If you’ve ever watched a rap cypher, you’ve probably wondered how someone can string together a substantive narrative of rhymes while also ethering someone or offering a sociopolitical analysis of some form.
Who really knows? But new freestyle rap-based game Vers, developed by 21-year-old Northeastern University entrepreneurship student Jerry Spatch, is offering people a chance to experiment with the rap form. Spatch, who is originally from Southern California, said the idea for the game was sparked from freestyling at college parties.
“Afterwards people would come up to me and say things like, ‘That’s amazing, how does your mind work so fast?’” Spatch told The Huffington Post. “And I started to think, ‘If I can do this, why can’t they?’ Freestyling is a mental exercise, it’s not like a piano or guitar where you have to strategically train your fingers.”
Outside of his realization that people were fascinated by freestyles, Vers is also a product of Spatch’s entrepreneurial mindset.
“The resolution was that if I could give people what a freestyle rapper does in their head and then make it as fun and accessible as possible, it could be a pretty great game,” he said.
The Kickstarter for Spatch’s game launched on Wednesday, but the game is available to download and print on the website. He hopes to raise $10,000 for the game’s production.
“What I like about freestyling is that it’s a primarily idea-based form of expression,” he said. “You’re really just connecting the concepts in your head and putting those into rhymes.”
In the game, players are given a category card and a base card that will inspire the freestyle. The base card lists the words to be used in the rap whereas the category card determines what the freestyle is about. If players think someone’s bars are weak, the freestyler has to try again until they drop something semi-impressive.
“Anybody can rap with this game as long as you can read the words on the card and you can think,” Spatch said in a video descriptor for the game.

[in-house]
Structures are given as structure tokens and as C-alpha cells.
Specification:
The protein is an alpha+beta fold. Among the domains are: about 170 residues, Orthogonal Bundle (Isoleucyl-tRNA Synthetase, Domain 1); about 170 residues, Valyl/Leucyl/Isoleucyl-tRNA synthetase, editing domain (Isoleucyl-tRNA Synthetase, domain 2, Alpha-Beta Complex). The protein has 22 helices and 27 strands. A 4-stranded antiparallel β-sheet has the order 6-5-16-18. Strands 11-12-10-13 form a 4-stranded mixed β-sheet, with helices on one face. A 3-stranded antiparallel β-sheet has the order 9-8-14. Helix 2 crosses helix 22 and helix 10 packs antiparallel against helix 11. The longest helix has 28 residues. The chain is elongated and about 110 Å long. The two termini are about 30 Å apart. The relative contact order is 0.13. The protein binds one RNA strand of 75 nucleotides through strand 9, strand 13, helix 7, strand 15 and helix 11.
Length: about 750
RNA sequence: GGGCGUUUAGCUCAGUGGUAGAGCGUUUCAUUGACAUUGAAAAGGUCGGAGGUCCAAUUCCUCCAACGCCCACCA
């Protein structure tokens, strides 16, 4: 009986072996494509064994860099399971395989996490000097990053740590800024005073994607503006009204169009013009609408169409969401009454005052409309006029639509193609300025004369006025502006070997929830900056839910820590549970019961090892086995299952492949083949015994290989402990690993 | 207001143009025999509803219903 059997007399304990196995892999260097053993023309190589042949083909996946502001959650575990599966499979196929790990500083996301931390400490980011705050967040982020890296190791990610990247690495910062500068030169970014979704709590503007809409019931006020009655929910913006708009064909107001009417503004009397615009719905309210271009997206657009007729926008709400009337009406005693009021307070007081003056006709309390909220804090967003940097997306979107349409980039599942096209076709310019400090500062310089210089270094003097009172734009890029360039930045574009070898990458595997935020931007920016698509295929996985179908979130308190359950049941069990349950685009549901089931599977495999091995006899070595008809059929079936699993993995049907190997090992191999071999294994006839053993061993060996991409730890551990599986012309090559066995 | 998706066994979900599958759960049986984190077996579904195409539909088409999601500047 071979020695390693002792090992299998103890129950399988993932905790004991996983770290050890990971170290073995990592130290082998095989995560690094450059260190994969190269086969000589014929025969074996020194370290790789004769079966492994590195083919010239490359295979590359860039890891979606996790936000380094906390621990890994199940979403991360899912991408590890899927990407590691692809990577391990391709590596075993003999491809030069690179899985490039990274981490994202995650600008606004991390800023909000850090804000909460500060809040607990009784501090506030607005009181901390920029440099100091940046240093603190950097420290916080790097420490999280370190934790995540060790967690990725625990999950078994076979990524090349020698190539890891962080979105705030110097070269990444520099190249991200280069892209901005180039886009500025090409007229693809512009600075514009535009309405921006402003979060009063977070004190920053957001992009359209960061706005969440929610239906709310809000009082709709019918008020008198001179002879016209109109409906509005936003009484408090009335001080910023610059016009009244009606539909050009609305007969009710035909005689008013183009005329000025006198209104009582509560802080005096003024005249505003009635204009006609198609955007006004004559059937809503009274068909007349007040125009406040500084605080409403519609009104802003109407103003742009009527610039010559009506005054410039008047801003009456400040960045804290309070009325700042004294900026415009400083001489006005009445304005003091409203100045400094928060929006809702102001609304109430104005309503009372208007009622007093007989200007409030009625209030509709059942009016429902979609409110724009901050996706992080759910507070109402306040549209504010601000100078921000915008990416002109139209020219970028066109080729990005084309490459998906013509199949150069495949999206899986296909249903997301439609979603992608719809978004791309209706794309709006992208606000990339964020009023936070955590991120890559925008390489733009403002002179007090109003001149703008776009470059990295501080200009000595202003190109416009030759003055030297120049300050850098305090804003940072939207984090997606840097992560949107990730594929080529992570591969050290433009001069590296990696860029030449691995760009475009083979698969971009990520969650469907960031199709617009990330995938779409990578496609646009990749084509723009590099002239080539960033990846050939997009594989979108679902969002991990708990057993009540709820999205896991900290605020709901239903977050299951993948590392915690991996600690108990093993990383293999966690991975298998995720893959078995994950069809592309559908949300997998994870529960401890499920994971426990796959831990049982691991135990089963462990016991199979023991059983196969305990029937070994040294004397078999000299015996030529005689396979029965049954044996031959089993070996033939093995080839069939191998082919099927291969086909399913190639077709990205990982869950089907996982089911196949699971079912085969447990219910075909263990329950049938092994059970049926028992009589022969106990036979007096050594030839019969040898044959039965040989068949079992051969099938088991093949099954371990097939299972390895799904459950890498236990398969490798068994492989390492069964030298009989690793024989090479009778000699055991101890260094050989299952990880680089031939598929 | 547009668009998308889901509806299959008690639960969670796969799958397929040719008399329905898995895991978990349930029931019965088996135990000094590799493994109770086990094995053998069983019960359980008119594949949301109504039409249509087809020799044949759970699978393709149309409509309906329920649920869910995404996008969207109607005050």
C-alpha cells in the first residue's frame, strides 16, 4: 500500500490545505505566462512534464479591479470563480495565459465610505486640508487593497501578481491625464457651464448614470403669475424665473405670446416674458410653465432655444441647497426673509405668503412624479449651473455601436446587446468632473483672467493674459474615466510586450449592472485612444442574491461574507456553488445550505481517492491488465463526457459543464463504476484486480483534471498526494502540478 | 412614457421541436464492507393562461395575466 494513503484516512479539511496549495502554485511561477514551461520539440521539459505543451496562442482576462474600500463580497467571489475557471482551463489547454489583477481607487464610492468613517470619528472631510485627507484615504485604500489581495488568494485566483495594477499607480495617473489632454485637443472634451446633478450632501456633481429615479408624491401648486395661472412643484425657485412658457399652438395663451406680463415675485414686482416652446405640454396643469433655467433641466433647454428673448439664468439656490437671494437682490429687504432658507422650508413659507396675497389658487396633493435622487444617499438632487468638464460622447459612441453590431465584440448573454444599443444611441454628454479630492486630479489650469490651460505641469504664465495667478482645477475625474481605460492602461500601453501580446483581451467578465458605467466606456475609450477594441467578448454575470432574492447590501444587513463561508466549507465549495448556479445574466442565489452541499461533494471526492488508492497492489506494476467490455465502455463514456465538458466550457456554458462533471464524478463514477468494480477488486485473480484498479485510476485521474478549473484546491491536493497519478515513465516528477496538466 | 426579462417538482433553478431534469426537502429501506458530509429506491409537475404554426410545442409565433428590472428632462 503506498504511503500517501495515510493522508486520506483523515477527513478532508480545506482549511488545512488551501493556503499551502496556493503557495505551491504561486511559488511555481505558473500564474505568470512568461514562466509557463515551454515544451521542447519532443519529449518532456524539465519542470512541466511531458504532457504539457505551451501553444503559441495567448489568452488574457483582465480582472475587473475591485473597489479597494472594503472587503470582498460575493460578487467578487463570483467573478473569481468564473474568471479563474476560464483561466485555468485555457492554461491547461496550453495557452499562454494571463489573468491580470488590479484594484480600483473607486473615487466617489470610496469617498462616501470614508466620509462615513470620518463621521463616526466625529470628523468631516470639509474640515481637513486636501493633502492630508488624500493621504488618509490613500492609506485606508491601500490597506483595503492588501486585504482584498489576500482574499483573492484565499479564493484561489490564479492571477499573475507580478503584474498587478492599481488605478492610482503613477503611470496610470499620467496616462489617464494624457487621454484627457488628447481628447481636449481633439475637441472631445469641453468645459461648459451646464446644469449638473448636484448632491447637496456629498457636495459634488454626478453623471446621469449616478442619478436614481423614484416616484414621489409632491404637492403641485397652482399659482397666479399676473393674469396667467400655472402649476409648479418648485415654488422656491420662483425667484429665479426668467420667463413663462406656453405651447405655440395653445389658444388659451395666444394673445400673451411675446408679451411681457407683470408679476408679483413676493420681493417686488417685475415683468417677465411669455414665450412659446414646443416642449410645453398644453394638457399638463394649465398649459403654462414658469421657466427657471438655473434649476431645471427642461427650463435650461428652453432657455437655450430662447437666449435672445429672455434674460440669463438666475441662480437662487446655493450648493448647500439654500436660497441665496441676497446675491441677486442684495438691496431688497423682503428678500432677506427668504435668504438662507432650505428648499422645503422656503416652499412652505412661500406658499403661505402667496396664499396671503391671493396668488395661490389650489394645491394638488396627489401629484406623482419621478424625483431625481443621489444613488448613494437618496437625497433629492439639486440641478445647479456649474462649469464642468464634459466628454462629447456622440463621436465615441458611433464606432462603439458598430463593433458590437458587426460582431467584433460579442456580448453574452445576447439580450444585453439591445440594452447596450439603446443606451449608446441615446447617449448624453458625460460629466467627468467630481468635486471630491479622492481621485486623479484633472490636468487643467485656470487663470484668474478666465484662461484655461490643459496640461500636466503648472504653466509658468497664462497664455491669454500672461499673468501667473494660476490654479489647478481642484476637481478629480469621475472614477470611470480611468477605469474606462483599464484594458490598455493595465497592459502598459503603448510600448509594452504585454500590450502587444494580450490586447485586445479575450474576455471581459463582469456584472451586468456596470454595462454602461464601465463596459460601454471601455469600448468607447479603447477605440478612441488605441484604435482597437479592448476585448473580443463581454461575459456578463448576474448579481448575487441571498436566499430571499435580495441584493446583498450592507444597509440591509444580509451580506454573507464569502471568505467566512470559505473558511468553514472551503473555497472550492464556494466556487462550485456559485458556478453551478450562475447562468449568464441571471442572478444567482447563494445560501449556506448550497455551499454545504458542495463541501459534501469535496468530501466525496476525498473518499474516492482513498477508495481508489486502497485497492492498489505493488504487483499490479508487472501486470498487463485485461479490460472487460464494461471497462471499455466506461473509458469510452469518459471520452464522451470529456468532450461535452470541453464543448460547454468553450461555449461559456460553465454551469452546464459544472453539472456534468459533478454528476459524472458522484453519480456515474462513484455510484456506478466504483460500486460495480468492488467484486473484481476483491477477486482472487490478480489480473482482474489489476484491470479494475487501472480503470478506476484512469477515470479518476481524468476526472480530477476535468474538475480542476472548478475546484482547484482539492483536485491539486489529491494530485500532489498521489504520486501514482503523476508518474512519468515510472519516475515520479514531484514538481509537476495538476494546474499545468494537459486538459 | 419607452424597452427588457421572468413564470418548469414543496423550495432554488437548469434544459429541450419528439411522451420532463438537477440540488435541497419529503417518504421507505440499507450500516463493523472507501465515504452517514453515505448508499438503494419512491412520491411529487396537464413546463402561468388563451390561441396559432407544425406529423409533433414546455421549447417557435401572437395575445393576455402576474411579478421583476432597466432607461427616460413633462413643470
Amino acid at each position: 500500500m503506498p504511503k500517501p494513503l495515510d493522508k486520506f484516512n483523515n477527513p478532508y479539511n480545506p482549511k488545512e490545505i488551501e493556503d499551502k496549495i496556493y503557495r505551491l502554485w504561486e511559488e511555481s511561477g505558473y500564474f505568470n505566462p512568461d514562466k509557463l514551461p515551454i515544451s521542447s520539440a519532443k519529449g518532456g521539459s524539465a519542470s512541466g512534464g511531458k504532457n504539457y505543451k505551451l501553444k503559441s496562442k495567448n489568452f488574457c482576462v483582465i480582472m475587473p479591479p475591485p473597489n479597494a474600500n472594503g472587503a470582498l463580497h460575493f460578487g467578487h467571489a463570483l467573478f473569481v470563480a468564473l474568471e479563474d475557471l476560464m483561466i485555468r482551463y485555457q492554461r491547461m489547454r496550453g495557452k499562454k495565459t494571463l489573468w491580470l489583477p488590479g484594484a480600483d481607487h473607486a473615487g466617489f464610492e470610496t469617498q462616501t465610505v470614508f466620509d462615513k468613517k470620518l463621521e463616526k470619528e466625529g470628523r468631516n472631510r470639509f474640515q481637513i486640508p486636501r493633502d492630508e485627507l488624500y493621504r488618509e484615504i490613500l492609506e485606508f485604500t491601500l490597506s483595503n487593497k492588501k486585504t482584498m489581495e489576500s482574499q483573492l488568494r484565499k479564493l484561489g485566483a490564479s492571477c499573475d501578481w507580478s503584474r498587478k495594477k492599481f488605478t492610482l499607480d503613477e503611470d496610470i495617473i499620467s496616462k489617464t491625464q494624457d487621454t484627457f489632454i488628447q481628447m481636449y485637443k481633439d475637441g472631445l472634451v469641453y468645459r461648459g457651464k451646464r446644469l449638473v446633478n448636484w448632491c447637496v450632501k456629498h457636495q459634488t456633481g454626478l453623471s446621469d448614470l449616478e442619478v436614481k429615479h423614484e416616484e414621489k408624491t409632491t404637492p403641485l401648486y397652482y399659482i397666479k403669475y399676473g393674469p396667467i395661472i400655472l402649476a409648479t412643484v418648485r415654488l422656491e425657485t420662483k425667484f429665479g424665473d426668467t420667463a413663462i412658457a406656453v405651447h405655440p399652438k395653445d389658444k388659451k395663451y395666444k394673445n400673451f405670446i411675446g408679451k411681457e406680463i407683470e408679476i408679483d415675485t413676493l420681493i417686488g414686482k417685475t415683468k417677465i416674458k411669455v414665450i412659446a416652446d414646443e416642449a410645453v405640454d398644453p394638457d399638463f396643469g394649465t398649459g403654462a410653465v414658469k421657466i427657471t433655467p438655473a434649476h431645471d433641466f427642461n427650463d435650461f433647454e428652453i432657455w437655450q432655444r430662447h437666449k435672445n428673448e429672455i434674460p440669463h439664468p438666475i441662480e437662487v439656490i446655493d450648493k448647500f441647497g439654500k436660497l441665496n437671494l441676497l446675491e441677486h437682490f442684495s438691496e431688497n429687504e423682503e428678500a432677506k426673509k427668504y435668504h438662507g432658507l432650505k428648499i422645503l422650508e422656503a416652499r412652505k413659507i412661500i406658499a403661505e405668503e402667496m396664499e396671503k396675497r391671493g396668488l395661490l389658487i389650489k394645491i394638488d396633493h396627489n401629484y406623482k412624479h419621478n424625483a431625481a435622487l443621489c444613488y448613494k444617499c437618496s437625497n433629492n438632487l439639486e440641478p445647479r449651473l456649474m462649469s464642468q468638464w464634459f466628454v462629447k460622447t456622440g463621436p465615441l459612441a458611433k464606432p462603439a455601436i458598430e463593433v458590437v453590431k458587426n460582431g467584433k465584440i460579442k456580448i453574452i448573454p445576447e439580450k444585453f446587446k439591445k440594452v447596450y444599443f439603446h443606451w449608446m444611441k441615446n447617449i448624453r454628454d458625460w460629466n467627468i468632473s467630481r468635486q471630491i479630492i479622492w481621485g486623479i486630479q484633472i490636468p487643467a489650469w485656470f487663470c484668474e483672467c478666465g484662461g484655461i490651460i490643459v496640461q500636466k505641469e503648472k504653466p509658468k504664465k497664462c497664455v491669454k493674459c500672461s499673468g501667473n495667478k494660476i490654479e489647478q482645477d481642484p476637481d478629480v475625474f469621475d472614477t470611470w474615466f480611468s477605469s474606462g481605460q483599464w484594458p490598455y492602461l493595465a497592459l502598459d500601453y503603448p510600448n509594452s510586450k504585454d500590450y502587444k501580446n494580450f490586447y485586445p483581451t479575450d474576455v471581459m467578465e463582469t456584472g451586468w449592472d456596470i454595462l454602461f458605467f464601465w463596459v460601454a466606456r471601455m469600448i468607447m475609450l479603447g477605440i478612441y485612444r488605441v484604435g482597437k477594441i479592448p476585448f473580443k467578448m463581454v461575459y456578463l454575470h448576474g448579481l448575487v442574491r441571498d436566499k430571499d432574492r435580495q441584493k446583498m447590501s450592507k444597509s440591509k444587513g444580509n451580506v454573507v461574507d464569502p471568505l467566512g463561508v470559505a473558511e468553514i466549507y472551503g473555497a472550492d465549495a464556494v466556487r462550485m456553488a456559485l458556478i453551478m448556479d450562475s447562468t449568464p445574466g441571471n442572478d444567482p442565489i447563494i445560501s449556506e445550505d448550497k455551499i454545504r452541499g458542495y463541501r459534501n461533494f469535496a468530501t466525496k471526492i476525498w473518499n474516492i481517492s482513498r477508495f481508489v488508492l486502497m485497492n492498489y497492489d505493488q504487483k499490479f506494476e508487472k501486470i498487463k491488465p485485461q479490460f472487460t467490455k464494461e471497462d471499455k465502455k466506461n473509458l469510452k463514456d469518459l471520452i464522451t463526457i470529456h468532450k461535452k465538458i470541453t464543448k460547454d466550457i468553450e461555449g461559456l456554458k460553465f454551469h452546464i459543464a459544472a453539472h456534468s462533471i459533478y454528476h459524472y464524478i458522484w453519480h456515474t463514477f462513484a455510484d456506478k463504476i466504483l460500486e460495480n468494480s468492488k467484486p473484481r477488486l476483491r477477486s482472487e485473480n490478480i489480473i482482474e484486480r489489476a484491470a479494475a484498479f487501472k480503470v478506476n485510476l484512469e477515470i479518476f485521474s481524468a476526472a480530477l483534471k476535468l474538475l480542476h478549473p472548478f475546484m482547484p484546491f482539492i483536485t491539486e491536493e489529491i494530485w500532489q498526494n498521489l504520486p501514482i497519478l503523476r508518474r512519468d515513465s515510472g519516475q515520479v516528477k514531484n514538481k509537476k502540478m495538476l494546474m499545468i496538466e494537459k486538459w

“The process is like giving people a crayon and a piece of paper and then letting them do what they want with it. One person might draw a cow, another might draw a horse, and the last might melt the crayon and use the paper as a stem to make a candle,” Spatch said. “Freestyling is like that except the crayon and paper are all the thoughts, feelings and ideas you have.”
Not only is Spatch allowing others to try their hand at what’s otherwise a mysterious art form, he’s bringing some very necessary diversity to the gaming industry.
“When you look at the tabletop segment, it’s extremely, extremely non-diverse and it has a very noticeable impact on the games produced,” Spatch said. (Tabletop games are a reference to card, board and dice games, among others, that can be played on a flat surface and are distinguishable from video games).
Spatch said when browsing Kickstarter, he mostly sees fundraising campaigns for games involving dragons, space, cowboys, dungeons or medieval times.
“It’s very likely the majority of the development team [for these games], and possibly the whole, is not representative of the culture,” he said. “More diverse people in games would likely mean more diverse and relevant games; as opposed to the current state of the industry, where it’s saturated with a lot of the same.”
Lack of diversity isn’t limited to tabletop games. According to a Newsweek article published last year, which cites the International Game Developers Association, only 3 percent of developers in the video gaming industry are black.
“No one really talks about this because it’s games, but we really do not have a diverse influx,” Spatch said.
The print and play version of Vers is available for download here.